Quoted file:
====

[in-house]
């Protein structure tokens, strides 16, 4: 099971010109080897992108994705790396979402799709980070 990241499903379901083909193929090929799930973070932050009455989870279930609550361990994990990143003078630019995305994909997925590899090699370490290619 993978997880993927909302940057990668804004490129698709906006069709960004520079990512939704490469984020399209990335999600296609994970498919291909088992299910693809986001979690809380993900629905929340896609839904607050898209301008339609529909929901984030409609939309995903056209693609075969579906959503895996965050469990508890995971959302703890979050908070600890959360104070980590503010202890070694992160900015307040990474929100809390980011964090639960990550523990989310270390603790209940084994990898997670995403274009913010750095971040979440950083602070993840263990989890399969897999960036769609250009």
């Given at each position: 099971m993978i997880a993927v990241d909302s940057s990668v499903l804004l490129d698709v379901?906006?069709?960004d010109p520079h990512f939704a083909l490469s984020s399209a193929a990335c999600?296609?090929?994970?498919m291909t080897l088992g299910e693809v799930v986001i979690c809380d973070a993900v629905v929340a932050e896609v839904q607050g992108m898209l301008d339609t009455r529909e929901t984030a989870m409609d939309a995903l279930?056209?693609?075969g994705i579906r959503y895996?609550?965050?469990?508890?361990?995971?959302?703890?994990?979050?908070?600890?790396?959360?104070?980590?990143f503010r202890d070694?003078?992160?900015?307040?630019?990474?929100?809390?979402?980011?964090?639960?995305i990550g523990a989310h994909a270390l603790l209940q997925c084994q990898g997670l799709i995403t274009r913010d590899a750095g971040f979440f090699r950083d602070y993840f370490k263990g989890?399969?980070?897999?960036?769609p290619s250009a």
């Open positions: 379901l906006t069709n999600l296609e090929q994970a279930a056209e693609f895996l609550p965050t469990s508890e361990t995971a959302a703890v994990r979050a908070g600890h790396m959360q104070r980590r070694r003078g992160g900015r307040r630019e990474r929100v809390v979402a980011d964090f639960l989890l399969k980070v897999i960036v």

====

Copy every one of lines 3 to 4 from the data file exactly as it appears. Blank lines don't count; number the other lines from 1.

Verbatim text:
């Given at each position: 099971m993978i997880a993927v990241d909302s940057s990668v499903l804004l490129d698709v379901?906006?069709?960004d010109p520079h990512f939704a083909l490469s984020s399209a193929a990335c999600?296609?090929?994970?498919m291909t080897l088992g299910e693809v799930v986001i979690c809380d973070a993900v629905v929340a932050e896609v839904q607050g992108m898209l301008d339609t009455r529909e929901t984030a989870m409609d939309a995903l279930?056209?693609?075969g994705i579906r959503y895996?609550?965050?469990?508890?361990?995971?959302?703890?994990?979050?908070?600890?790396?959360?104070?980590?990143f503010r202890d070694?003078?992160?900015?307040?630019?990474?929100?809390?979402?980011?964090?639960?995305i990550g523990a989310h994909a270390l603790l209940q997925c084994q990898g997670l799709i995403t274009r913010d590899a750095g971040f979440f090699r950083d602070y993840f370490k263990g989890?399969?980070?897999?960036?769609p290619s250009a």
């Open positions: 379901l906006t069709n999600l296609e090929q994970a279930a056209e693609f895996l609550p965050t469990s508890e361990t995971a959302a703890v994990r979050a908070g600890h790396m959360q104070r980590r070694r003078g992160g900015r307040r630019e990474r929100v809390v979402a980011d964090f639960l989890l399969k980070v897999i960036v």